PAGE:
Summer feeding programs are up and running all along the Coast. For the first time ever DeLisle Elementary School is taking part in the federally funded program. With many families in the Pass Christian area still struggling to rebuild after Katrina, program leaders say the summer feeding program could not have come at a more perfect time.
It's lunch time and hundreds of children are ready to eat. On today's menu: cheeseburgers, french fries, fruit and a pint of milk to wash it all down. A government approved nutritious meal.
"It tastes really good," second grader Derrian Bradley said.
His classmate, Juris Stutts, agreed.
"It's really, really good."
The hot meals are free to anyone in the Pass Christian area 18 or under. Program leaders say establishing it here could not have come at a better time.
"Most of the families lost everything here in Pass Christian. We had a tremendous loss. FEMA trailers and trying to prepare meals, from experience, is very difficult. Us providing this meal on campus is a plus for us and a plus for the children and the community," said Saundra Esabelle, Food Service Director for the Pass Christian School District.
She says sending children here to eat lunch will relieve storm weary parents of the financial burden of buying as much food. Money saved could be used to make home repairs.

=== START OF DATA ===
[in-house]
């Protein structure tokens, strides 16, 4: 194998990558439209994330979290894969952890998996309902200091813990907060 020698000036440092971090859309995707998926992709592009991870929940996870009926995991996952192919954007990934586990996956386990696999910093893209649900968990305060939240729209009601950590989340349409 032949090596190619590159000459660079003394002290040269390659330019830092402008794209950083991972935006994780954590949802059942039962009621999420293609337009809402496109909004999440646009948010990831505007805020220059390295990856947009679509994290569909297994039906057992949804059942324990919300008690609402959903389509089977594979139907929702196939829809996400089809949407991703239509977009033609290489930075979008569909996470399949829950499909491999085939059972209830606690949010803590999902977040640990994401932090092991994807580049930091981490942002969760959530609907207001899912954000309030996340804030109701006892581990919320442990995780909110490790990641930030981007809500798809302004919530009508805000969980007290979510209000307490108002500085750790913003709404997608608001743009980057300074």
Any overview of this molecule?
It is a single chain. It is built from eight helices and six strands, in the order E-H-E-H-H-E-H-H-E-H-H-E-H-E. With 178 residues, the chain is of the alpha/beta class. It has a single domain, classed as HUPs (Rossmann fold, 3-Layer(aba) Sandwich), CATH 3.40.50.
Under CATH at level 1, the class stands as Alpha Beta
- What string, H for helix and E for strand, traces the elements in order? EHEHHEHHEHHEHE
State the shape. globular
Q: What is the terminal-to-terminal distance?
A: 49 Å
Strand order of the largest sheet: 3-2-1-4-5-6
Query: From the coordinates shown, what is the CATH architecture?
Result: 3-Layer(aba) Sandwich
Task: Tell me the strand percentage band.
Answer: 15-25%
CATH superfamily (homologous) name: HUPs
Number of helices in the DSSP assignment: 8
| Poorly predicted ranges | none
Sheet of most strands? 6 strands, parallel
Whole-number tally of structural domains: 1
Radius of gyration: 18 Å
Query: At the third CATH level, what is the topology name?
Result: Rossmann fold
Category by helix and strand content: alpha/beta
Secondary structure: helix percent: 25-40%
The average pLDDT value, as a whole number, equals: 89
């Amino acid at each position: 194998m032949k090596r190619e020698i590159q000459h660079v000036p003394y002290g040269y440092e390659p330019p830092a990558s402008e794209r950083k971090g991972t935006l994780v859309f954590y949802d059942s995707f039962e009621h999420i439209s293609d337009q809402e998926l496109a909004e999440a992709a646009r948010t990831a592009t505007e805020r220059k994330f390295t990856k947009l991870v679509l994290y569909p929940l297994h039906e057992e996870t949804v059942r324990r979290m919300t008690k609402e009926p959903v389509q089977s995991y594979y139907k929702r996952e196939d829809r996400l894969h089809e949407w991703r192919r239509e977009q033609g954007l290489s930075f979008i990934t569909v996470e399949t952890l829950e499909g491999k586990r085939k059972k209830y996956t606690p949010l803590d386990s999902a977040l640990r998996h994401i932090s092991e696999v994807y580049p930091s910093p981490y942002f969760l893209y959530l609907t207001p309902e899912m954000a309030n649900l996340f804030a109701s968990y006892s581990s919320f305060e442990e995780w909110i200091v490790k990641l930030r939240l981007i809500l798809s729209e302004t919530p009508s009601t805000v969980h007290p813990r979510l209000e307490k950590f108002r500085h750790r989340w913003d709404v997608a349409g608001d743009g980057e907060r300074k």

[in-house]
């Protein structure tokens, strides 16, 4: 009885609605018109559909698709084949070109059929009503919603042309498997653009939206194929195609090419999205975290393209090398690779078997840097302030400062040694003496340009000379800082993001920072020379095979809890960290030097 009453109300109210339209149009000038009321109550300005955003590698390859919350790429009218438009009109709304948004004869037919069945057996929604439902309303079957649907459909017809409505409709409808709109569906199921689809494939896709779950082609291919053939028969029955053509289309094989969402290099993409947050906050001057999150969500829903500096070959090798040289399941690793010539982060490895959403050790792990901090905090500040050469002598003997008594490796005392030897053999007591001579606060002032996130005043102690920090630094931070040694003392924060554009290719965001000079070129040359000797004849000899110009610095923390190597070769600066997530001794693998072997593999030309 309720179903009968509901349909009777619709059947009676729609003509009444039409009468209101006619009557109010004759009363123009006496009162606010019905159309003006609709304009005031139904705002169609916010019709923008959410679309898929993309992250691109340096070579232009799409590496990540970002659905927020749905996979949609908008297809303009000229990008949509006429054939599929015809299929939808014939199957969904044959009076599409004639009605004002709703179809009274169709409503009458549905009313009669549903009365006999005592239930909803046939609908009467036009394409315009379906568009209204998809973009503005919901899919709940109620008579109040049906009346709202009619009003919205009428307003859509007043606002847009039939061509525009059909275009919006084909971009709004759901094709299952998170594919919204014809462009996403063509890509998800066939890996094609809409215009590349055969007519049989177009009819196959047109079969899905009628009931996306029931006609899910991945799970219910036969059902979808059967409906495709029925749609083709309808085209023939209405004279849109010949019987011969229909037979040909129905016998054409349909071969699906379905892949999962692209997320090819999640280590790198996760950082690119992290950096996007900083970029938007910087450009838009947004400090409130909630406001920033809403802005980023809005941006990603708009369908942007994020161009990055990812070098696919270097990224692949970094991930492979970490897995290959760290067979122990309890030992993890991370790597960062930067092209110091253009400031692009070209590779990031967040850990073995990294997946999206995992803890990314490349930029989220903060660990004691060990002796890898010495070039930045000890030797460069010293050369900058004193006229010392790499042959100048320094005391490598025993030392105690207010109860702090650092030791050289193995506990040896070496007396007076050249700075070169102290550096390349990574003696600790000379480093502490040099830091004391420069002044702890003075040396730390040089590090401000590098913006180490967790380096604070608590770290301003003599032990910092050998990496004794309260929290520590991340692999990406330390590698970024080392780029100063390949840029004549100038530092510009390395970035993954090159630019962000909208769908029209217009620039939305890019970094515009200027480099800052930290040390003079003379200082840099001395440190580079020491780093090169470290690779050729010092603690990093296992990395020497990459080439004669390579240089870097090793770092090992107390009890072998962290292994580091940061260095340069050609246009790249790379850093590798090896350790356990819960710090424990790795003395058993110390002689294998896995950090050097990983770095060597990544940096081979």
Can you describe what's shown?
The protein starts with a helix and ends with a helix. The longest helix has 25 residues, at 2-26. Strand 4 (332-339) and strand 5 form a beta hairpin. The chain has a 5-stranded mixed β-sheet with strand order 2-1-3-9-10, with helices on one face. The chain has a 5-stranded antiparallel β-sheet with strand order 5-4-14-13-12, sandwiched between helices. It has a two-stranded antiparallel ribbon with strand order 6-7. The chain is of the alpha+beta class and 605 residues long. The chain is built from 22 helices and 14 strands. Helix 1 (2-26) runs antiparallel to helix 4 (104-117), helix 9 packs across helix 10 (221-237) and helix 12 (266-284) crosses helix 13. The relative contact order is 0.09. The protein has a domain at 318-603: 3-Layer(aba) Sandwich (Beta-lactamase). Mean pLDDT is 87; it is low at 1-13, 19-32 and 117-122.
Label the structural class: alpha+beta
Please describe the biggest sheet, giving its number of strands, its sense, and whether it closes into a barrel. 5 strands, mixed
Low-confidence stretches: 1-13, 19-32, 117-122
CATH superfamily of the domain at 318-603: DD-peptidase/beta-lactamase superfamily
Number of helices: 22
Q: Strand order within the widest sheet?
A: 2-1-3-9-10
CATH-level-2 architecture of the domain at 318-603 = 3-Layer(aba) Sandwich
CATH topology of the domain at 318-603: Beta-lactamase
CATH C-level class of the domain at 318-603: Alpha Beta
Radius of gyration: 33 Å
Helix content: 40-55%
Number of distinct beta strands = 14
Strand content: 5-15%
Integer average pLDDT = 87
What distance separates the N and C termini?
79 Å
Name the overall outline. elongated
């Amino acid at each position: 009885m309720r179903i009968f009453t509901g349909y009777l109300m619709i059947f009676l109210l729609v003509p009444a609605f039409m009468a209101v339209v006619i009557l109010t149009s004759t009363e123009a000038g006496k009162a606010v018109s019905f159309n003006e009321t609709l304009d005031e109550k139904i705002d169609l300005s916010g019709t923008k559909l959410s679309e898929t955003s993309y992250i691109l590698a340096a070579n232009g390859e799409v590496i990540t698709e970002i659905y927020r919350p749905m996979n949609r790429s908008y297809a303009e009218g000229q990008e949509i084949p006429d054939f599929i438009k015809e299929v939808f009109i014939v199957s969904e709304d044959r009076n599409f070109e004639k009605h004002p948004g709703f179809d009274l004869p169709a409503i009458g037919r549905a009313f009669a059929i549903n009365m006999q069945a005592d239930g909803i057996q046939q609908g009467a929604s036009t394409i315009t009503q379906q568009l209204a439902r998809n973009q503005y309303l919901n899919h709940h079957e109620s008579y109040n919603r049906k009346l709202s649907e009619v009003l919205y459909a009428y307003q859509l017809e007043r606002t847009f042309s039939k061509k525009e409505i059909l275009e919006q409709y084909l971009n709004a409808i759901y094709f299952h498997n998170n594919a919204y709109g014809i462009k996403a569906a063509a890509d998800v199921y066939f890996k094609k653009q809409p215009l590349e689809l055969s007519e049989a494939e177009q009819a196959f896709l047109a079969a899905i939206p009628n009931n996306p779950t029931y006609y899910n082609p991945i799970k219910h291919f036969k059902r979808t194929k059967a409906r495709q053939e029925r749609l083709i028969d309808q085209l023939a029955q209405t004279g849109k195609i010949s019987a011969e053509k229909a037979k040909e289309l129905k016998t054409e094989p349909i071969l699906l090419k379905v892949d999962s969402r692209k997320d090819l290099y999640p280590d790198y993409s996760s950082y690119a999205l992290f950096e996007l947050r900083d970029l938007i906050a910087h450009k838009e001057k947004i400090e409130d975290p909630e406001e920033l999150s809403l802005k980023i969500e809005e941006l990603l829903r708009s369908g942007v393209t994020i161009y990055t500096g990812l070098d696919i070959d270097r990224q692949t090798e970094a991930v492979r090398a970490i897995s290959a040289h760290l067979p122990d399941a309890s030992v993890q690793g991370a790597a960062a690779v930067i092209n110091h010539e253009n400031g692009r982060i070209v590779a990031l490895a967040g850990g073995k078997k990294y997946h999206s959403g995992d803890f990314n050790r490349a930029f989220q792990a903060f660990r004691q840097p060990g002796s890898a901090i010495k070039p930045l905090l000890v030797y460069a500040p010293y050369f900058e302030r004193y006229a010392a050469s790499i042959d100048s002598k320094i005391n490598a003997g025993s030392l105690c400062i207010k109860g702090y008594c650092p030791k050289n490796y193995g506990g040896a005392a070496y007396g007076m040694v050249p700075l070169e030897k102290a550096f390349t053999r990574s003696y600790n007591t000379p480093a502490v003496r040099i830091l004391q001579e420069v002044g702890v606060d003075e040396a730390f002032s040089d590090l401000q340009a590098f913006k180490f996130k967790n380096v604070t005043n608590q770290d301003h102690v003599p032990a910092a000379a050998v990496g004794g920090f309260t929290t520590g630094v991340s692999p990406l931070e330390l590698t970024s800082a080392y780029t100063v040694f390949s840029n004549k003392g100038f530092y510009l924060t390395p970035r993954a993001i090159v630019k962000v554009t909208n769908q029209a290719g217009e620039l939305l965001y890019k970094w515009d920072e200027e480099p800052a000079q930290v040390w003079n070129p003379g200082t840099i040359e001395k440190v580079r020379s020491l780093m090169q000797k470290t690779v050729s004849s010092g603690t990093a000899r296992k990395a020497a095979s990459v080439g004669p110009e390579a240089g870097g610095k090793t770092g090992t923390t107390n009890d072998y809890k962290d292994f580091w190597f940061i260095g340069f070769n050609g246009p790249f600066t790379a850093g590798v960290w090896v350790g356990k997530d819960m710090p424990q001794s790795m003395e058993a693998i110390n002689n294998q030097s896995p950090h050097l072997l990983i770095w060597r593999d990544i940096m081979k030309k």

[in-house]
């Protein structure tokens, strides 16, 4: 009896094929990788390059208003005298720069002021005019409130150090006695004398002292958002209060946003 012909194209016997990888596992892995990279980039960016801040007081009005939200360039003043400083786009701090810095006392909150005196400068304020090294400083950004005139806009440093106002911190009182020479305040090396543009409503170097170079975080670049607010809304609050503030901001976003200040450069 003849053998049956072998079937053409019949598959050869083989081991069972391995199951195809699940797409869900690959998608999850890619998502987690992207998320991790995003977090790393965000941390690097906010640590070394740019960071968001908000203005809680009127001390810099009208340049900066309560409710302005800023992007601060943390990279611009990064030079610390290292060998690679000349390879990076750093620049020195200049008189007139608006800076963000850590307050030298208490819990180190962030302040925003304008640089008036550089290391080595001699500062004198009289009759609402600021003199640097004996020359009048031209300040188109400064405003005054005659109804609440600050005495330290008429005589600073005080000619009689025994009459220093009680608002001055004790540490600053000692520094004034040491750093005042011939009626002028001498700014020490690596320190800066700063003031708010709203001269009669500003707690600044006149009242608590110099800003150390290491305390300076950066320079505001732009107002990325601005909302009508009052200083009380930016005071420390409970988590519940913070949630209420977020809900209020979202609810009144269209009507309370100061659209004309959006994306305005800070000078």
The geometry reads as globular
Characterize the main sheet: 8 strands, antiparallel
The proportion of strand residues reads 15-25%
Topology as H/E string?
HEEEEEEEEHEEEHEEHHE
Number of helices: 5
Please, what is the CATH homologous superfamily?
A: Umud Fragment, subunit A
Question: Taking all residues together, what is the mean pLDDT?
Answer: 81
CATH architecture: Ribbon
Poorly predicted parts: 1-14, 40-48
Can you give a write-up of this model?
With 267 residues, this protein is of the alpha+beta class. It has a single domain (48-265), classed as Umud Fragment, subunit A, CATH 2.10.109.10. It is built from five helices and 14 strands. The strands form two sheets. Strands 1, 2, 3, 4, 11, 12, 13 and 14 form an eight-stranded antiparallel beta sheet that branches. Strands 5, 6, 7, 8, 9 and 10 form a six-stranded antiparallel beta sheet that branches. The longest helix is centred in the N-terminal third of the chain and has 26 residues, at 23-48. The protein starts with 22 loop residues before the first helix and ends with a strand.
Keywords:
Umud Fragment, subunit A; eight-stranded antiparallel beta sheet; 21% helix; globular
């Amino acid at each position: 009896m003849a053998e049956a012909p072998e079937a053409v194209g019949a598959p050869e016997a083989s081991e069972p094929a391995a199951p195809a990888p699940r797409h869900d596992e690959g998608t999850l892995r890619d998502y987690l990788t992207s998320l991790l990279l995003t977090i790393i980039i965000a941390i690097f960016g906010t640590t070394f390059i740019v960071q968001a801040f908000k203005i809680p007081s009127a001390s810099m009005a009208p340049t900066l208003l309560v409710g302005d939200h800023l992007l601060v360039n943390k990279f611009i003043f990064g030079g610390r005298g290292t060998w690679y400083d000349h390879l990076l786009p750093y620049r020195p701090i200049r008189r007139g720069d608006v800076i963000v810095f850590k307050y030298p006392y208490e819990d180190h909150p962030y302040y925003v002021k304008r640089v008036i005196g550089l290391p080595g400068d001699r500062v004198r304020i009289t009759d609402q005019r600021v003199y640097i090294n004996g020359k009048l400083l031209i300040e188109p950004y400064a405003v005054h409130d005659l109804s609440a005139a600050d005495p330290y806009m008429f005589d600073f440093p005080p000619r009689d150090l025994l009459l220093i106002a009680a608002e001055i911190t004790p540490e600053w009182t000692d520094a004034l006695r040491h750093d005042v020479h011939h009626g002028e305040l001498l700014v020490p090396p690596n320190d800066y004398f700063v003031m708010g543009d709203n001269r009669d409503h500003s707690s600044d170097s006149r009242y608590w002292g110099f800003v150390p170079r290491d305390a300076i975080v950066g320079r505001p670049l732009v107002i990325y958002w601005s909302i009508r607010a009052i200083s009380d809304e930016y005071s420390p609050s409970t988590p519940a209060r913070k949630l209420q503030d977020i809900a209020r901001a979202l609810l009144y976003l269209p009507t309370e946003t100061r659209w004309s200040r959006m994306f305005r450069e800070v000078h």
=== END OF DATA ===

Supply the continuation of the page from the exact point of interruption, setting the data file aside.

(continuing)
"It helps the parents not worry about feeding the children in the summer. It helps them not even worry about maybe they're getting a cold meal, just a cold sandwich at home. Here, they're going to get a hot meal and that's very important."
And she says parents should take advantage of this opportunity while they can.
"Because we're having a staffing problem, our program is only going to last 20 days. It's because the ladies have lost everything and they need to try to rebuild their lives before they come back to work in August."
But for now, Esabelle says knowing they've made a difference to so many families makes the work worthwhile.
A total of 367 children took part in the free meal program Tuesday. Leaders expect that number to grow as more people become aware of the program.